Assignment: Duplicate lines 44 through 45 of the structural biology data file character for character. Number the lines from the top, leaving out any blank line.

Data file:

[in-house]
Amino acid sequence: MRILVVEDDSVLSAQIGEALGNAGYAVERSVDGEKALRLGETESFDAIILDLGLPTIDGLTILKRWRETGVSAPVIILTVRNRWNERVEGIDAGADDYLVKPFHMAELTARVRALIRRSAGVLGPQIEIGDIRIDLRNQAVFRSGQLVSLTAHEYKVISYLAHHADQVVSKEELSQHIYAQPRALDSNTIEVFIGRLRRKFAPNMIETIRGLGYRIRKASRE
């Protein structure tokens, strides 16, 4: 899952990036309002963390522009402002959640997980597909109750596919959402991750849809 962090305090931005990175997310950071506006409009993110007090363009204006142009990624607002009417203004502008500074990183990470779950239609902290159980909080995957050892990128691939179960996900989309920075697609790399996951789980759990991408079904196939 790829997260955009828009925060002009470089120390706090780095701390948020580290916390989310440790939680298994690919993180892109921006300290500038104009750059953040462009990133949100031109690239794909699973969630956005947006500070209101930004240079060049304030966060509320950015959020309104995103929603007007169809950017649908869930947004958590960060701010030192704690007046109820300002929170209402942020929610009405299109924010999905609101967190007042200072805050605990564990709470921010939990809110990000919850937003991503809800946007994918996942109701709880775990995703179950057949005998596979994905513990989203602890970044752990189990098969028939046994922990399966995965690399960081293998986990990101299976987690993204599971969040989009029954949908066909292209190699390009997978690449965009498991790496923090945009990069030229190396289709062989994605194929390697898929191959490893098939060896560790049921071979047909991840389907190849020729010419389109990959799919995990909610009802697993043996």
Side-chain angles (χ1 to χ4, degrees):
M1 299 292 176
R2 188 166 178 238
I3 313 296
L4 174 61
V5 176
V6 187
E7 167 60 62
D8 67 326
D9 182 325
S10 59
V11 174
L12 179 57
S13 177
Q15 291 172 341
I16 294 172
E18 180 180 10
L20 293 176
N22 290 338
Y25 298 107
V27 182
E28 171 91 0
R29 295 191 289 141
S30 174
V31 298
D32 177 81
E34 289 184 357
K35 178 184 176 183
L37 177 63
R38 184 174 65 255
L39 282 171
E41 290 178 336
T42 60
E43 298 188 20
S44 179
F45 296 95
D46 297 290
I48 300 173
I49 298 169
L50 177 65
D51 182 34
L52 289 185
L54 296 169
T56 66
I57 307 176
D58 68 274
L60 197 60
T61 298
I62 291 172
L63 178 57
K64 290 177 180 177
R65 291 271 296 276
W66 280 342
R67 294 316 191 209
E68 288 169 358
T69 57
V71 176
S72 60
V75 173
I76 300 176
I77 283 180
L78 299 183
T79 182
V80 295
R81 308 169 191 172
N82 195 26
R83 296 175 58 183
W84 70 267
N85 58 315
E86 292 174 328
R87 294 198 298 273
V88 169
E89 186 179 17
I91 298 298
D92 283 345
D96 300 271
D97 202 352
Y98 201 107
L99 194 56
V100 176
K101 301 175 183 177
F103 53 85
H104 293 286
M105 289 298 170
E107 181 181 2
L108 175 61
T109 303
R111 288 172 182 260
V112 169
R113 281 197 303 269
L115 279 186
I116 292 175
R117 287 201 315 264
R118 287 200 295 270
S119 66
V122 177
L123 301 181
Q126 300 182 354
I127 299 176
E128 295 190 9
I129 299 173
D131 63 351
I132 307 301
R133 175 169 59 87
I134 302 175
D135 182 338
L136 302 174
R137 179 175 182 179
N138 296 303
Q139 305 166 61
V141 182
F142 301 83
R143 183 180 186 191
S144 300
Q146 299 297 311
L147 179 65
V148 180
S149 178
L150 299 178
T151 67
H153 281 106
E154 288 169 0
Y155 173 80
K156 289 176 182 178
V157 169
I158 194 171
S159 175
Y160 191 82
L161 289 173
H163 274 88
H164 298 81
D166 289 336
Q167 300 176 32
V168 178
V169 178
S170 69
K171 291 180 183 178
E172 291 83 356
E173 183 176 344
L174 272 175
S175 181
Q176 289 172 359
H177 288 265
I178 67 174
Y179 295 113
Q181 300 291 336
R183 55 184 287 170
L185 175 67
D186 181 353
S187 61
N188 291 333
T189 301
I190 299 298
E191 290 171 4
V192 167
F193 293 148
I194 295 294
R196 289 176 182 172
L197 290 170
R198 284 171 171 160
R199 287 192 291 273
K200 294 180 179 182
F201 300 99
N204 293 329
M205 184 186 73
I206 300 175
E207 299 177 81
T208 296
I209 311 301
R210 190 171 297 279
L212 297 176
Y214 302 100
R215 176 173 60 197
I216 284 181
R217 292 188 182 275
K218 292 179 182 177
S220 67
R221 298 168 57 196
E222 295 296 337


D51 182 34
L52 289 185